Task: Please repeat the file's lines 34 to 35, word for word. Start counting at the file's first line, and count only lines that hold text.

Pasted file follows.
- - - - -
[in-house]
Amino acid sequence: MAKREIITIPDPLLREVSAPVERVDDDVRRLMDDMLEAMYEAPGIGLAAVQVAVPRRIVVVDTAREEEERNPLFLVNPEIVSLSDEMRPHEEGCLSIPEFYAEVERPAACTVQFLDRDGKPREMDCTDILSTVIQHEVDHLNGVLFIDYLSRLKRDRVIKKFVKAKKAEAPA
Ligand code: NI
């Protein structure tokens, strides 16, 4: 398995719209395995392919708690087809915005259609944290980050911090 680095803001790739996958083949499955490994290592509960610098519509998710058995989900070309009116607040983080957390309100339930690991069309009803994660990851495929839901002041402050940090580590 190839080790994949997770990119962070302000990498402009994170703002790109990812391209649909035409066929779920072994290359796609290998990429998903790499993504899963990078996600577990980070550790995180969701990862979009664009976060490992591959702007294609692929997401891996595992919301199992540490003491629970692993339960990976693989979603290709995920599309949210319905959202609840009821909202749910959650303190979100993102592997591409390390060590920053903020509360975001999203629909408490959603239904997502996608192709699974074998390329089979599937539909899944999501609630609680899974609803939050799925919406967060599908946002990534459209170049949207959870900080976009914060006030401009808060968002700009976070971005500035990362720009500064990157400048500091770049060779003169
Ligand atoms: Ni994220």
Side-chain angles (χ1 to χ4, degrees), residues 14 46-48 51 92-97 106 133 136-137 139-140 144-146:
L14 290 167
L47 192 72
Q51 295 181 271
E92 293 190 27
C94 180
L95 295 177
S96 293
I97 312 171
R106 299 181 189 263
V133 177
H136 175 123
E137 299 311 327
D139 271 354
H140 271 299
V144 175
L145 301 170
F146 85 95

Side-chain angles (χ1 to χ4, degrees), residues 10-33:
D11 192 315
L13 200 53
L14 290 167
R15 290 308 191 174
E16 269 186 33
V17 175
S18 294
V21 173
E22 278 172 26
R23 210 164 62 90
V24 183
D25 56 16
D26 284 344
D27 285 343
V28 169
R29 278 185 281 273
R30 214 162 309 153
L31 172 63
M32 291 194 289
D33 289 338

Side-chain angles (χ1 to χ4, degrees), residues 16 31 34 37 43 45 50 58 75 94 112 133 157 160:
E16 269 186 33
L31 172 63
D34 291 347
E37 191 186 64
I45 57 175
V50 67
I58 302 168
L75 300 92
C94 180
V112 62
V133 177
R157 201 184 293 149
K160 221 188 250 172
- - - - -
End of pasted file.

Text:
R23 210 164 62 90
V24 183